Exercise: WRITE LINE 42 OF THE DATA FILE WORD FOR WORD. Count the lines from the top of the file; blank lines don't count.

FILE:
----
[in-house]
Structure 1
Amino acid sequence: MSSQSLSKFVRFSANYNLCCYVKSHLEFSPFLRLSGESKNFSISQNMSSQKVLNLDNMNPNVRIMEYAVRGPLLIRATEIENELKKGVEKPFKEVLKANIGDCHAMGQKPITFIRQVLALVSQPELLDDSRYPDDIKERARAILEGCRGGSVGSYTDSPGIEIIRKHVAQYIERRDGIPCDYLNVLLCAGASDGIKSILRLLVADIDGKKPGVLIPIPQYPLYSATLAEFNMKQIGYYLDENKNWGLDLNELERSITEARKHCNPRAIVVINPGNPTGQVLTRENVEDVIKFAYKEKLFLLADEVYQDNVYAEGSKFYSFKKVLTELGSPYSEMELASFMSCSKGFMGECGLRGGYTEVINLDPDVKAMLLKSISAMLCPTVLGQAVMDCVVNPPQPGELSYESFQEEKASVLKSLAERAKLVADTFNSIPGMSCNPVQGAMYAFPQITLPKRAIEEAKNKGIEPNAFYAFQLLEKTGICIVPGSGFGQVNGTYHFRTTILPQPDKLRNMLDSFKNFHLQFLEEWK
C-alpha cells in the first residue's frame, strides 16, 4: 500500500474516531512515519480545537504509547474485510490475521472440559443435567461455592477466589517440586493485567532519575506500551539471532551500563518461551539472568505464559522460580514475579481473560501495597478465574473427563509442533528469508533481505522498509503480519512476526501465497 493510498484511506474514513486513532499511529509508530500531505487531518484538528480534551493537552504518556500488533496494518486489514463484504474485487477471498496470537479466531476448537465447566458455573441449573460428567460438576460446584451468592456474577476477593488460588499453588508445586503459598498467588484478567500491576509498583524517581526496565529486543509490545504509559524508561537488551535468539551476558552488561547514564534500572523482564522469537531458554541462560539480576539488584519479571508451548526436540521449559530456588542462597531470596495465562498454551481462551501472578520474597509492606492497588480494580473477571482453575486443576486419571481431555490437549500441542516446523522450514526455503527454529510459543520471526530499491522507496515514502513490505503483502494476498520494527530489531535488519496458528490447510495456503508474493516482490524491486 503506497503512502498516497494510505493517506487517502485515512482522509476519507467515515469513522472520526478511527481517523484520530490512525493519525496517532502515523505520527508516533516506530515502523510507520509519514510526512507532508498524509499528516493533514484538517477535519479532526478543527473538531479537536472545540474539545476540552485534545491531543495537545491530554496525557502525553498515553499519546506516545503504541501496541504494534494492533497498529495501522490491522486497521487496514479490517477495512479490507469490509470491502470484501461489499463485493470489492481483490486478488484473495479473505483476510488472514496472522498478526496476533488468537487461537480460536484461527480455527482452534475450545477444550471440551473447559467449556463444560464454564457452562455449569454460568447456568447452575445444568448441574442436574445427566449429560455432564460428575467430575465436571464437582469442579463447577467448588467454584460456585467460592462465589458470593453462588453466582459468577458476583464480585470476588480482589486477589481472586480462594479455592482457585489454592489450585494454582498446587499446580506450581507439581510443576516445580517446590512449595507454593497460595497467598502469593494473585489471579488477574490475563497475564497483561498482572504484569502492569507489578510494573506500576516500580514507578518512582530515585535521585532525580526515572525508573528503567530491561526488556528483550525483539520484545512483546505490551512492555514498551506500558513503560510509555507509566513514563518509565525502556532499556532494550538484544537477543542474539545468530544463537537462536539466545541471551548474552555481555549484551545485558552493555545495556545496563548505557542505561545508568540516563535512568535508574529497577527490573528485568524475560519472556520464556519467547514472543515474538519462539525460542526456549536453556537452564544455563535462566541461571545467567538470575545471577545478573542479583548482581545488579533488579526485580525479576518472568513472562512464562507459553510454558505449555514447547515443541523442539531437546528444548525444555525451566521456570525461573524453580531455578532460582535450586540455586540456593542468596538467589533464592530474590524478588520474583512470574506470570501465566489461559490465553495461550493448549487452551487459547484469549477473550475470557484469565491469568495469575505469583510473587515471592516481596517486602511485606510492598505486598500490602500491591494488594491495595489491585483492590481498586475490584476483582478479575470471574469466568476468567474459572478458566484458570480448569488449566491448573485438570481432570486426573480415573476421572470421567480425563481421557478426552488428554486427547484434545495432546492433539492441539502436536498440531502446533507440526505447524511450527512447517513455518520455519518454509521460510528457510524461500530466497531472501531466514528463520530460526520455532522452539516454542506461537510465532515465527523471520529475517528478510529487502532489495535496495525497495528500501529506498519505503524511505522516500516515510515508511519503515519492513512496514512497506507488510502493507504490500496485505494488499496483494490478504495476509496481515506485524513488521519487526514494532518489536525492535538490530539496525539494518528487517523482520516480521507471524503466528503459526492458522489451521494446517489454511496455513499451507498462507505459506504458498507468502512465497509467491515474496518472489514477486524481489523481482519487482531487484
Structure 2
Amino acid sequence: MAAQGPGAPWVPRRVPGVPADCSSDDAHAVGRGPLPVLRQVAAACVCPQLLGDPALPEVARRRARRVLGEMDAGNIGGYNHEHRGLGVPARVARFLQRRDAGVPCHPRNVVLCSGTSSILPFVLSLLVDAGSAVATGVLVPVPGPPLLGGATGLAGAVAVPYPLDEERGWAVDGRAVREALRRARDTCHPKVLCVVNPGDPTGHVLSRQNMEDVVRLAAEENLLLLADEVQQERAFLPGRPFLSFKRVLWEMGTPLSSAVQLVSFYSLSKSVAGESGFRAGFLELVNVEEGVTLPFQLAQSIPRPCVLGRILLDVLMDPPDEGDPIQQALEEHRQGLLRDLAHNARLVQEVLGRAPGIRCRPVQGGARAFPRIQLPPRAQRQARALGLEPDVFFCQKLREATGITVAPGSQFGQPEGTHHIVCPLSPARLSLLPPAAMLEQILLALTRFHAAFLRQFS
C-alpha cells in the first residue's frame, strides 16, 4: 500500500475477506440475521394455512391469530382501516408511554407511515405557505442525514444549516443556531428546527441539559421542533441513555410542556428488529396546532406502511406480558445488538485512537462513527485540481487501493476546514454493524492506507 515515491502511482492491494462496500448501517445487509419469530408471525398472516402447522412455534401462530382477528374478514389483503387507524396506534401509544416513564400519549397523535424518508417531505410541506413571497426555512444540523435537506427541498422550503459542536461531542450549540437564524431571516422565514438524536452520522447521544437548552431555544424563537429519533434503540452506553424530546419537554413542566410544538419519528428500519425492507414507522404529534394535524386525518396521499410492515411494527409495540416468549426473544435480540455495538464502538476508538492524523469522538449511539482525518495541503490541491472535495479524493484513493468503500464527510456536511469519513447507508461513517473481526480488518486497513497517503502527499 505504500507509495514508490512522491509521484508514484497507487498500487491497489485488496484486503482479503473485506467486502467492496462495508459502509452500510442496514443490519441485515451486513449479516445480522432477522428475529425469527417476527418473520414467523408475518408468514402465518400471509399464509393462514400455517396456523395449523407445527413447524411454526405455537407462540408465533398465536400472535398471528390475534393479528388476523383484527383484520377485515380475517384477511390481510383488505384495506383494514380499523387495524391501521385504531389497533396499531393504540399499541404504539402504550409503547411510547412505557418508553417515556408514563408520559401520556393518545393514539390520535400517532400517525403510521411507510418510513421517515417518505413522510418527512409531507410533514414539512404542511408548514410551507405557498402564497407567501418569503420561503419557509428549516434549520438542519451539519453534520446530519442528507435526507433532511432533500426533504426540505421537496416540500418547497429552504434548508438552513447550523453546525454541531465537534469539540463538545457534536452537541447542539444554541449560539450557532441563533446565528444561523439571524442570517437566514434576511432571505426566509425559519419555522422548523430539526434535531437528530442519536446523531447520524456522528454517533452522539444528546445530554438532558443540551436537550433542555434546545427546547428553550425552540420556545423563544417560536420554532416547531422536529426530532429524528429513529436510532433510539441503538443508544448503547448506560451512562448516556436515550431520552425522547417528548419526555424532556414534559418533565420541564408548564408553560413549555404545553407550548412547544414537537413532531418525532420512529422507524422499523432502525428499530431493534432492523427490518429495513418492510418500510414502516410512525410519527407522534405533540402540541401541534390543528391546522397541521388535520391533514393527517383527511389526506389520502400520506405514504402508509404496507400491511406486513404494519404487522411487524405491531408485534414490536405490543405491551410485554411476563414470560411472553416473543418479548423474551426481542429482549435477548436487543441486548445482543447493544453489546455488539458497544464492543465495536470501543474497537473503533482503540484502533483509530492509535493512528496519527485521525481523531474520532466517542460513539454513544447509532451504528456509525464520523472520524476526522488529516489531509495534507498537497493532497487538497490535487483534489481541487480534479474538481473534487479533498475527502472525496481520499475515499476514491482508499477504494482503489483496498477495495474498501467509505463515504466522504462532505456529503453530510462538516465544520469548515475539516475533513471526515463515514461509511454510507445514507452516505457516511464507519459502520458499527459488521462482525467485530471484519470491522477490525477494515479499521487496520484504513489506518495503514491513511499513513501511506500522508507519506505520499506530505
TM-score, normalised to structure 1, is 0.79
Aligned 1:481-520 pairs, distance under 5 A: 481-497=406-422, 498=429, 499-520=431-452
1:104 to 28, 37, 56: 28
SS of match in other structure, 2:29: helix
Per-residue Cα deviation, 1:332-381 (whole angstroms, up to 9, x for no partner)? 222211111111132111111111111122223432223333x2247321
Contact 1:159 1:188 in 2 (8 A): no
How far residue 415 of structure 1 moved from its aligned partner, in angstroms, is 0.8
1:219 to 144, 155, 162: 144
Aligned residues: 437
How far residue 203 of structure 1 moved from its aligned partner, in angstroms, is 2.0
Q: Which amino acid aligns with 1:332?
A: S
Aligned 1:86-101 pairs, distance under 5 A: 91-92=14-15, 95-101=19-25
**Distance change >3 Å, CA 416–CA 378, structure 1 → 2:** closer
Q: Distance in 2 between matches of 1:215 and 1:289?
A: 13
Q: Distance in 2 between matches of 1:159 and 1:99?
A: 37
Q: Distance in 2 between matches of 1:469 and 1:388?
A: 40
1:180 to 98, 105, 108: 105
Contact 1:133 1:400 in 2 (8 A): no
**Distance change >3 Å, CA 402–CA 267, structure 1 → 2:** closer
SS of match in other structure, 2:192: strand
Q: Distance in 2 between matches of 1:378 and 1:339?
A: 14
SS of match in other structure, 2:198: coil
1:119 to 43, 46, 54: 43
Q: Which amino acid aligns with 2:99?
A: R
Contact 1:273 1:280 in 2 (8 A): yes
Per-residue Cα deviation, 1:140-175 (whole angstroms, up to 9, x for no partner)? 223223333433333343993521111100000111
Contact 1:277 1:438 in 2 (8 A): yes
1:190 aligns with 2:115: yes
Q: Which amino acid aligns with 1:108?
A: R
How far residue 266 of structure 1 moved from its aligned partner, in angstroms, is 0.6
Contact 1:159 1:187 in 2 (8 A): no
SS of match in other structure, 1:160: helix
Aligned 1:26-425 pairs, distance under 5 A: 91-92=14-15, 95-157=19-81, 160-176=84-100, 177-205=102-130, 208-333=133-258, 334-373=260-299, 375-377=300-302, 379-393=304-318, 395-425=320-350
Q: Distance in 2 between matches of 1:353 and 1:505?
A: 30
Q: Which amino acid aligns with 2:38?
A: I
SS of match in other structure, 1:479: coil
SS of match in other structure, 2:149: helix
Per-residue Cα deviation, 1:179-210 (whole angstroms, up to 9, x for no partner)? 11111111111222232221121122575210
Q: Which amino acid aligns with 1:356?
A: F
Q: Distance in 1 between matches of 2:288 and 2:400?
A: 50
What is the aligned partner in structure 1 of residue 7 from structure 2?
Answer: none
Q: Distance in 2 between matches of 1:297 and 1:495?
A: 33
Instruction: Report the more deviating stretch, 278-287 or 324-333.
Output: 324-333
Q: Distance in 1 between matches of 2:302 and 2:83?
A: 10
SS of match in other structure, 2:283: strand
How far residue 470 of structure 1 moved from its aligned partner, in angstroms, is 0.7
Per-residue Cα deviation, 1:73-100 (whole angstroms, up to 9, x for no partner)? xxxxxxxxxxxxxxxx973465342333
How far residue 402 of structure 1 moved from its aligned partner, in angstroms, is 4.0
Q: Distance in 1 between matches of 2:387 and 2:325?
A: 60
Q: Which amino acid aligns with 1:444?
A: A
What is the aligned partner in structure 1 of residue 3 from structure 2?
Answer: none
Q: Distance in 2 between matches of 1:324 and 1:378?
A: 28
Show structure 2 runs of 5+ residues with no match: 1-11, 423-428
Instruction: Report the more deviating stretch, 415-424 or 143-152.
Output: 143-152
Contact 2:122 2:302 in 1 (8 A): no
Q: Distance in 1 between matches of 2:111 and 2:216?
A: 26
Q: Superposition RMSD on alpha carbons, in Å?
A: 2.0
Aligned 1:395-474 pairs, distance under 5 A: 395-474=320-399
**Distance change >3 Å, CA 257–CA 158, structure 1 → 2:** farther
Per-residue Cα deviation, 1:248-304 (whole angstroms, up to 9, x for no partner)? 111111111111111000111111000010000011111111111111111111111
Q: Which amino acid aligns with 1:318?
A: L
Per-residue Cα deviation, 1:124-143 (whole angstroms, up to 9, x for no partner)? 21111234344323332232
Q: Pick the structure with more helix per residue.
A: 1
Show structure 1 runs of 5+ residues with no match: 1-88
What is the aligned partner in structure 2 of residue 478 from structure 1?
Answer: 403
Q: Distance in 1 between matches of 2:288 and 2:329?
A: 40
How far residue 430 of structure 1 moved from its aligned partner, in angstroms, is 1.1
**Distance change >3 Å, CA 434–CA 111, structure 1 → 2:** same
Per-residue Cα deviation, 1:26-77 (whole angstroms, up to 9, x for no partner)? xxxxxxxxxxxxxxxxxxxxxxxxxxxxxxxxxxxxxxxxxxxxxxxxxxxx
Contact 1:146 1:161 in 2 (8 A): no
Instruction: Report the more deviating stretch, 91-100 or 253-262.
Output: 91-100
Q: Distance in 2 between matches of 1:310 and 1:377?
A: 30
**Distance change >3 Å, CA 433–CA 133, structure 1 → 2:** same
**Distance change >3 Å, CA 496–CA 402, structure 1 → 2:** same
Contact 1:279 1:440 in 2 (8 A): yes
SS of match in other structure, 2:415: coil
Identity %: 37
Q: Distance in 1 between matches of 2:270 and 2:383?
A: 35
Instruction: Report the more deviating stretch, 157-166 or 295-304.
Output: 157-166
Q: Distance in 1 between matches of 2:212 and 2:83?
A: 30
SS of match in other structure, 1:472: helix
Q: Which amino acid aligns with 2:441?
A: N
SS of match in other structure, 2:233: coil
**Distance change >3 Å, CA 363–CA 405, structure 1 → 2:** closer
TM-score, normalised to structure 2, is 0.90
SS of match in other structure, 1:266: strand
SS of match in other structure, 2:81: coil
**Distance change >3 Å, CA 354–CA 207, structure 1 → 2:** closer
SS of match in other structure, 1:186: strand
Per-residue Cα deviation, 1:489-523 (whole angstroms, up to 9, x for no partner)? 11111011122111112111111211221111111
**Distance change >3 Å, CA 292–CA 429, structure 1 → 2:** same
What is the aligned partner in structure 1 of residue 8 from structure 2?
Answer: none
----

Q: Which amino acid aligns with 1:108?